I've written at length about this Lesnoto form (a couple of years ago in the Grapevine) as another dance that brings together the polarities of Individual and Group. A dancer doing the variation exchanges the common central point for her own axis but must still move within the dance form as a whole, those doing the basic step hold the overall form but must be ready to release their neighbours, and may find themselves 'alone' between two 'turners'. And there is another joke - if everyone decided to turn at the same time nobody would ever know!
Tonight it was a gentle and reflective dance with twos, threes and sometimes more dancers turning together.
To finish the first half we danced Ketri Ketri, another favourite of the group. The third Cocek of the evening, this shows (at least to me) how much it is possible to 'find' in a dance by using different pieces of music and being willing to follow where the dance leads. This slow, slightly sad music can result in dancers drifting off into their own private experience but we'd danced so well together that the group feeling remained strong, helped by the solid earth connection in the steps. We ended the first half of the evening having found our group identity by emphasising our individuality, which is pretty much the ideal outcome for me.
Then it was break time, and as the group tucked into their well-deserved bikkies and juice I repeated my 'dancing fingers' routine as I rewound the tapes. Sandra wrote up the names and countries of origin of the dances on our white board and we indulged in a bit more social interaction.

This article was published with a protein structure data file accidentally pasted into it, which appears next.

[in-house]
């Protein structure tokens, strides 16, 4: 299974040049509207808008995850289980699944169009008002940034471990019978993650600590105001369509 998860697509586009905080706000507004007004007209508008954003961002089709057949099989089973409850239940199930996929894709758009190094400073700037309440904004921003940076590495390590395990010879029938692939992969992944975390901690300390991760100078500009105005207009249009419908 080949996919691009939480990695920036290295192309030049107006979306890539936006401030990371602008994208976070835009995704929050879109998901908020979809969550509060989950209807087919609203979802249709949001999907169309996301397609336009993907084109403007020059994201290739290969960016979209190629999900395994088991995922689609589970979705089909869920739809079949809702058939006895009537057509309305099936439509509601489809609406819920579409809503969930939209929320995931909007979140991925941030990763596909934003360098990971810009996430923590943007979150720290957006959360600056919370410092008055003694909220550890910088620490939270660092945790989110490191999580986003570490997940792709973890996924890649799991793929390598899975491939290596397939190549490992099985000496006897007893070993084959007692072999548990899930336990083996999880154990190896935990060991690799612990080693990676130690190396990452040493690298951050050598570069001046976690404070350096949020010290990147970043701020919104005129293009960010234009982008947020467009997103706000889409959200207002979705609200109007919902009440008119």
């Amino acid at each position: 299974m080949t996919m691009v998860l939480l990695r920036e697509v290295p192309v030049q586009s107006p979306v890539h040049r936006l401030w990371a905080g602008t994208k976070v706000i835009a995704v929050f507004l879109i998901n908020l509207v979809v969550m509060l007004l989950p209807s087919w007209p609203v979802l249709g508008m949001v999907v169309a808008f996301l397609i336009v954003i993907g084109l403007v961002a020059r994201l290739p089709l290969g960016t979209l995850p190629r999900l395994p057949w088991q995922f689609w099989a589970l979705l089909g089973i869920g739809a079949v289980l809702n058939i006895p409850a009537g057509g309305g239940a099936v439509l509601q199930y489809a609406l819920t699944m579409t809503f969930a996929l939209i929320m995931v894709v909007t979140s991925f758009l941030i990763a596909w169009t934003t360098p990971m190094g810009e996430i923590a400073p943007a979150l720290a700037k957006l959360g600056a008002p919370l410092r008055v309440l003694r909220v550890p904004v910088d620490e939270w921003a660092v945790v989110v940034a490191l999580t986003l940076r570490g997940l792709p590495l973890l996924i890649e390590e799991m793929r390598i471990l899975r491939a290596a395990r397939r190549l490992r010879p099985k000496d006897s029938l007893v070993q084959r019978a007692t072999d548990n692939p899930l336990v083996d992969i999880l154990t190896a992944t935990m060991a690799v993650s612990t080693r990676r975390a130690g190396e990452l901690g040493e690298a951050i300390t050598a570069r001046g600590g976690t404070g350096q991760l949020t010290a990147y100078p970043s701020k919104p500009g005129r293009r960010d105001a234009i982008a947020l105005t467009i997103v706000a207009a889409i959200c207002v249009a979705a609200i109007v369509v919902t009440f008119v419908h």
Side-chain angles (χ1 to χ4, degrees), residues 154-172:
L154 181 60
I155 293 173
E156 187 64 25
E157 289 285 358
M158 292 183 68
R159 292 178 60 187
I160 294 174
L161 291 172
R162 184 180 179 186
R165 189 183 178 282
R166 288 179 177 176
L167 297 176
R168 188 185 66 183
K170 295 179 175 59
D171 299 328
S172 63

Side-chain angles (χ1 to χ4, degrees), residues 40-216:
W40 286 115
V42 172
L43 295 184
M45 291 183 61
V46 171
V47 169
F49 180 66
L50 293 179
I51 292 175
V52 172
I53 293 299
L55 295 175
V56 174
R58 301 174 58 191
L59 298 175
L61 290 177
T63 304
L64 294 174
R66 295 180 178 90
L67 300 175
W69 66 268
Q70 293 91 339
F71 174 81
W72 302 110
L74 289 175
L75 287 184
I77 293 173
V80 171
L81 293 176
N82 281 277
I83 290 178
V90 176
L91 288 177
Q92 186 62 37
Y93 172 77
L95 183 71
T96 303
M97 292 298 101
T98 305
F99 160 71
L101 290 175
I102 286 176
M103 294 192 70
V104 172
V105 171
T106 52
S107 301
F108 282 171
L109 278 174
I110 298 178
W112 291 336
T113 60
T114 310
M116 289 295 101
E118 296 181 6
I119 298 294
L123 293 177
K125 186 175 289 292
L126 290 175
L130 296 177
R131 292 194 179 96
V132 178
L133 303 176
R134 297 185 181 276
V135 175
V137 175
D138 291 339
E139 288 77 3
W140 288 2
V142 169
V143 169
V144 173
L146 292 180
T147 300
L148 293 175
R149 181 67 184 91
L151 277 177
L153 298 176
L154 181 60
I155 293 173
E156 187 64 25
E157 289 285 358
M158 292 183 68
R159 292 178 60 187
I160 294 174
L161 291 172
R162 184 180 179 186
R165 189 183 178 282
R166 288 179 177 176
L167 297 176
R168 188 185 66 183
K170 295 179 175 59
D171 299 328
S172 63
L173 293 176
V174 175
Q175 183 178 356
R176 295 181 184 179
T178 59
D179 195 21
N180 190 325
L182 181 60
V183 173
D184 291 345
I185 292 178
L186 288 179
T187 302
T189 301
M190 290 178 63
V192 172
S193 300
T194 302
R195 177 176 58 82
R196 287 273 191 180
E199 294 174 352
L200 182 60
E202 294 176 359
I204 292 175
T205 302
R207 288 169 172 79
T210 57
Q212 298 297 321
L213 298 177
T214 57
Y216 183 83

Normally the second half of an evening at White Waltham is made up of dances repeated from the first half, and tonight was no exception. By consensus we decided to repeat Bari Galousti Bar, Zensko Berance, Tsamikos Voion, My Little Lemon Tree, Blagoevgradsko Lesnoto and Ketri Ketri. Of these only Zensko Berance and Tsamikos Voion needed any teaching, and in both cases it was no more than a quick reminder of the steps. Having the second half of an evening consist mostly of repeated or very familiar dances is very important for me, leaving people with the sense of having danced rather than studied for most of the time.
The last dance of the evening was Ivouschki, a modern choreography (by that clever Andy Bettis, who does such nice ones) to a traditional Russian song performed by Bratsch. With just the single, central candle for illumination and a close elbow-link hold there was a feeling of belonging and acceptance, while the slight melancholy in the lyrics reminded us that all good things must come to an end.
We ended the evening in our usual way, sitting around the candle. Passing the blessing basket around the circle we each took time to share how we felt and how the evening had been, then chose blessing cards for ourselves, our friends and others who we felt needed a little extra light in their lives. Finally, remembering Laura and other absent friends, we blew out the flame.